in 1880, he became the territories' representative to congress. the territory representative did not get the vote. he spent two years as the territorial representative. legislatureto the for another term. when south dakota became the state -- became a state in 1889, he was one of two men elected. the other being deeply -- the gotr, to determine who terms, they drew straws. pettigrew drew the long straw. he seems like a real pack rat. he picked up souvenirs everywhere he went. artifacts heber of
collected and brought home. brought large face he home to vase he brought present to his wife to make her happy or something like that. he picked up things with personal meaning. they all had a story to them. mostly, it is just souvenirs. the one exception is a cane the last to him by ruler-- by the left align of the islands -- by the last hawaiian islands ruler. it was in recognition of the work he did in the senate on her behalf. he was one of those individuals -- he was described as an anti-alias in a time --
anti-imperialist in a time where those had imperialist interests. particularly, japan and china, and hawaiian islands -- particularly, japan, china, and the hawaiian islands. he was one of the people who wanted everybody to be treated fairly. u.s. took over the hawaiian islands, the have been less than exactly ideal. took case and oppose the treaty of acquisition. something that did not in dear him or members -- did not in orr -- did not endear him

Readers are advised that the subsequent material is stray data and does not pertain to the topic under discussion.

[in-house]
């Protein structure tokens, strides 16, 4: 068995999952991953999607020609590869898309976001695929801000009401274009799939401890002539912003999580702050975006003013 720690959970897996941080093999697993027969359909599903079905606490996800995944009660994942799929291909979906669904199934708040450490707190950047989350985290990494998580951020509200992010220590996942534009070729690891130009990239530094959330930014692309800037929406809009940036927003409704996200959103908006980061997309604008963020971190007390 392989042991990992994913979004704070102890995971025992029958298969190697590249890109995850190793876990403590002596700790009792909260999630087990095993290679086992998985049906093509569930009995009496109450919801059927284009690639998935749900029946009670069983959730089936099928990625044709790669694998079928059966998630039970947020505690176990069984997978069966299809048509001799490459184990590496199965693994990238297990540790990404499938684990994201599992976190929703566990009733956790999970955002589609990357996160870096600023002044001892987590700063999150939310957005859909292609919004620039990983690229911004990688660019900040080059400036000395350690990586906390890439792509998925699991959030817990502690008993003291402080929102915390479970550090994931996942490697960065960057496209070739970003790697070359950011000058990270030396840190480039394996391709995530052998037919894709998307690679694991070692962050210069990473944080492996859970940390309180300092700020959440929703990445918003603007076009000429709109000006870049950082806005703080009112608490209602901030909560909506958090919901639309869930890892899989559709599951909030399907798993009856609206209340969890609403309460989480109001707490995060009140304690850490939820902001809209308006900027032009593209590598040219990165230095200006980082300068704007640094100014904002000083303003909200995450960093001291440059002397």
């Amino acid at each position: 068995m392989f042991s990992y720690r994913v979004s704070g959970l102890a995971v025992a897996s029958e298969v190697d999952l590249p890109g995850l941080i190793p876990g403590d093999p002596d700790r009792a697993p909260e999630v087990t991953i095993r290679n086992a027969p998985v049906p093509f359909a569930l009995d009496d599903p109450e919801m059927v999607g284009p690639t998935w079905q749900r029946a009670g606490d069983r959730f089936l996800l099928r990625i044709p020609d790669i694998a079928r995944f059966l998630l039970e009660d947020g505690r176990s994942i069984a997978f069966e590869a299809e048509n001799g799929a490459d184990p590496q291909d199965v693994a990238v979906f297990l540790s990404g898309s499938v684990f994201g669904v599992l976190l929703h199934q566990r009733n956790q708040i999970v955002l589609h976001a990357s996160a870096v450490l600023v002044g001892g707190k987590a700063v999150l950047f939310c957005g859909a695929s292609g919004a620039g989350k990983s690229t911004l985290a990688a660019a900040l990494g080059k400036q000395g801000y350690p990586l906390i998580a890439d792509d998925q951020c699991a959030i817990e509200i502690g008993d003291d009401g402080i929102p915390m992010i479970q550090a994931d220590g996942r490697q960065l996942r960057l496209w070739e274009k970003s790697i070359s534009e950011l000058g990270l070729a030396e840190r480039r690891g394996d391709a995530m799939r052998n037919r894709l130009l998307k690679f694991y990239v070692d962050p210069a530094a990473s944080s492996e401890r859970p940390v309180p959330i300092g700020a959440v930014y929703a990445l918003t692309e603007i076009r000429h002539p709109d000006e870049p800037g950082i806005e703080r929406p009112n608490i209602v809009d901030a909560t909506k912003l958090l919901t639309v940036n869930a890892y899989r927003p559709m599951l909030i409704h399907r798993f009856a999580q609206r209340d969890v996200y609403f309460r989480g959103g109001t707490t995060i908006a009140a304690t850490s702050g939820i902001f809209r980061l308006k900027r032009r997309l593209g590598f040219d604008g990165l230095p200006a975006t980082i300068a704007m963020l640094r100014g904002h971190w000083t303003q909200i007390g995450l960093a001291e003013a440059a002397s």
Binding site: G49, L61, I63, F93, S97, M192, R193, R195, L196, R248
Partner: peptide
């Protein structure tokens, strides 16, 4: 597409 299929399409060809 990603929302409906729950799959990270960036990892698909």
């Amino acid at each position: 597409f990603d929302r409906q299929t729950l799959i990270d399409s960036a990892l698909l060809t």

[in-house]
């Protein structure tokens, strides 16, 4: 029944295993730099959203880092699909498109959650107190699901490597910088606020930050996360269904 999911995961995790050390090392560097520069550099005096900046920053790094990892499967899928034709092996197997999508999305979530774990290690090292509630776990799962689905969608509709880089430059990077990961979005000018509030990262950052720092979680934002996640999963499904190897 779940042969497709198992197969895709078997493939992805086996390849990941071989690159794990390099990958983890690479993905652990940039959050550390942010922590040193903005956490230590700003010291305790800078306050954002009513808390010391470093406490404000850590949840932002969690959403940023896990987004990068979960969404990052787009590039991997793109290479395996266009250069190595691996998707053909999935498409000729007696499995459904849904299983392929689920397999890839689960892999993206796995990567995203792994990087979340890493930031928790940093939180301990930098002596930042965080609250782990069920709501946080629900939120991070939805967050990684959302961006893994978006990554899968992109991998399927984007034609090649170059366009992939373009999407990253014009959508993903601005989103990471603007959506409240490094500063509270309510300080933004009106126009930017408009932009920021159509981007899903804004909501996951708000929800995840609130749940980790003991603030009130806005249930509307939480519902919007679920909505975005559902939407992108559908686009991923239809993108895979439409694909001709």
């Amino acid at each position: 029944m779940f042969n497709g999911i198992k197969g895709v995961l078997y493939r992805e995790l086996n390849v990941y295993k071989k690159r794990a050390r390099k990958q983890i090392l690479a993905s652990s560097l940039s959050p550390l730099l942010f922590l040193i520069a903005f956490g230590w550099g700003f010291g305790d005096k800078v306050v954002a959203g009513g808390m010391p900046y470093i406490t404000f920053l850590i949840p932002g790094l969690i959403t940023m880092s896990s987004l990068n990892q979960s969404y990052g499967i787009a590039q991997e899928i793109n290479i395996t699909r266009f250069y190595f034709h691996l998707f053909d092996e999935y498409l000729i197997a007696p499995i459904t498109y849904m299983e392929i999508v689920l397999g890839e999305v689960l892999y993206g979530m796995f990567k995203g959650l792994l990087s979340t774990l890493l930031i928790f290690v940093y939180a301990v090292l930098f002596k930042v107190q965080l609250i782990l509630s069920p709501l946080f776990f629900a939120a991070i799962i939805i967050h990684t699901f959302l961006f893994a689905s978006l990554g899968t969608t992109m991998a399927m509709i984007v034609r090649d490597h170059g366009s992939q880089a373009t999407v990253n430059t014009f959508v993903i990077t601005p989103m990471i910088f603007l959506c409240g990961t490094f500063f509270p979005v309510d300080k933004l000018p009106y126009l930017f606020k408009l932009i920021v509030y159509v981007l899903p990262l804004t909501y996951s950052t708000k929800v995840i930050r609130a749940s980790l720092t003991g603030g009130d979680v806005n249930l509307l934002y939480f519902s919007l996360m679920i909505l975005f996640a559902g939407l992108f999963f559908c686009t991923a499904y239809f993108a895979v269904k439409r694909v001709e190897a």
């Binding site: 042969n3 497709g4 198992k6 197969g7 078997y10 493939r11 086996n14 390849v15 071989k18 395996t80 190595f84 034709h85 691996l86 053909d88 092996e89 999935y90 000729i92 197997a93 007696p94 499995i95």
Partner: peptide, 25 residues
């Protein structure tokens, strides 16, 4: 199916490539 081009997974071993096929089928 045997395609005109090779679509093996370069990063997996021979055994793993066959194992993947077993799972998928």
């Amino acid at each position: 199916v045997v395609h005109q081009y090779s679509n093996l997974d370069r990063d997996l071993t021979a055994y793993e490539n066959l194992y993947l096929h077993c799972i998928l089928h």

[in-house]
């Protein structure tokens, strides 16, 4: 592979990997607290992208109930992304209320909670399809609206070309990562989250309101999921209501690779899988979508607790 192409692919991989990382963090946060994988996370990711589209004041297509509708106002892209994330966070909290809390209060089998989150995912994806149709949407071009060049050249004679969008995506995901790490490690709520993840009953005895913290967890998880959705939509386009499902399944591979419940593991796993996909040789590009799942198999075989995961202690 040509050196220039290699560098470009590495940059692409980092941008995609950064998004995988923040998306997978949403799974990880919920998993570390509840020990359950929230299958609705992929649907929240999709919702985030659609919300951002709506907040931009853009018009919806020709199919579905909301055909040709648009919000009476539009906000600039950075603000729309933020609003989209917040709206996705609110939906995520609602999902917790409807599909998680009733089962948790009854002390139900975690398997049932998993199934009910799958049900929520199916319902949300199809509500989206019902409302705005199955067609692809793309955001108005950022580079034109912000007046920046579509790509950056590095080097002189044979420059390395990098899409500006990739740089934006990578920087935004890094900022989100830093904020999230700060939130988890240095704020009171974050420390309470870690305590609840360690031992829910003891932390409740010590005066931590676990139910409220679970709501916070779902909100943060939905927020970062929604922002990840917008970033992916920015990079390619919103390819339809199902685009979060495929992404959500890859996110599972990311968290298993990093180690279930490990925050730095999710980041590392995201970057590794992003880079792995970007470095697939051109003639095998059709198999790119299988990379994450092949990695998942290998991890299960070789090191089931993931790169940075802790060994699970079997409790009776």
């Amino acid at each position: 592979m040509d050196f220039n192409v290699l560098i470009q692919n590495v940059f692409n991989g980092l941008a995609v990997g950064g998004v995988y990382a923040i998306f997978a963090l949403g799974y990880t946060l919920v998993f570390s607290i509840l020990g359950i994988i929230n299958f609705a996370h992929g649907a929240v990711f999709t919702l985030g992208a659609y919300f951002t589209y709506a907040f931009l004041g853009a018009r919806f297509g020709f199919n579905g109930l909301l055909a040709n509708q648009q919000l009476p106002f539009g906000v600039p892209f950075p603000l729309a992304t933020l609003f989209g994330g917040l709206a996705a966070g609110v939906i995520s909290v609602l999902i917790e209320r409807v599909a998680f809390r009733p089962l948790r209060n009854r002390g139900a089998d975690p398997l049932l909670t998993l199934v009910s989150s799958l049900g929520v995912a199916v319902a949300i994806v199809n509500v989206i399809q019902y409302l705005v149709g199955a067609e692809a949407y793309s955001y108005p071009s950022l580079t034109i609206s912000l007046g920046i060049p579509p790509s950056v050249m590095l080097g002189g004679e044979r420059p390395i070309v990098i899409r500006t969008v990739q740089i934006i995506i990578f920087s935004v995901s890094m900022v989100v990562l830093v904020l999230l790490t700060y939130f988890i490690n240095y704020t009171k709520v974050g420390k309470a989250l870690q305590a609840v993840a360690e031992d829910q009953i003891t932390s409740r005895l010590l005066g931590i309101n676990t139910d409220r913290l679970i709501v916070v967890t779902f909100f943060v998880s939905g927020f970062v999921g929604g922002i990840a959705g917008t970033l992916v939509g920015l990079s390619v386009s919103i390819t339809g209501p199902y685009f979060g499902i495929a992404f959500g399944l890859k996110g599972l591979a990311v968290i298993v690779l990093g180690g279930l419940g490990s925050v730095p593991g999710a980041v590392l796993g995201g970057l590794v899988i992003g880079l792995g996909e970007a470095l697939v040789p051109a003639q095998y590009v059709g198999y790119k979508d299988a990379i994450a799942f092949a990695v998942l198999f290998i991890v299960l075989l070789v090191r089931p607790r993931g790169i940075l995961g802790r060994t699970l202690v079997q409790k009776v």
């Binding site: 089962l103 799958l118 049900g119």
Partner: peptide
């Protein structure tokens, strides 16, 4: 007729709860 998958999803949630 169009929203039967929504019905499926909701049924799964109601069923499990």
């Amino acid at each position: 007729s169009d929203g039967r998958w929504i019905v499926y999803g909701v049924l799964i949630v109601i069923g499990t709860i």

members of his party at the time. he is a strong republican. he remains with the republican crashthrough the economic of 1893. at that time, he moves along with a lot of people, to the midwest to the popular skin. there was a national party, the populist party. they survived in some forms today. he supported a support for the presidency. in 1900, he was defeated in a bid for another term. it's years after the senate he became a democrat. he moved through the political
spectrum over a period of 30 years. we help one visitors will get a taste of what life was like as a pioneer. . our citieses tour -- tour staffrecently went to sioux falls, dakota. learn more at c-span.org/citiestour. you are watching american history tv, all weekend, every weekend on c-span3. >> next on "american history tv," foreign affairs and humanities professor walter russell mead discusses nationalism and u.s.
foreign-policy. he focuses on jacksonian populist nationalist and explains how presidents roosevelt, truman, and reagan gave their support. he suggests that the trump administration could learn from this presidential history. the center for strategic and international studies hosted this hour-long event. >> today, we have one of the nations most distinguished historians of u.s. foreign-policy, walter russell mead. he is a distinguished fellow at the hudson institute and the james clark professor of foreign humanities at bard college. he's an honors graduate, where he received prizes. -- where he received prizes for history, debate, and translation of new testament greek. he has written many books with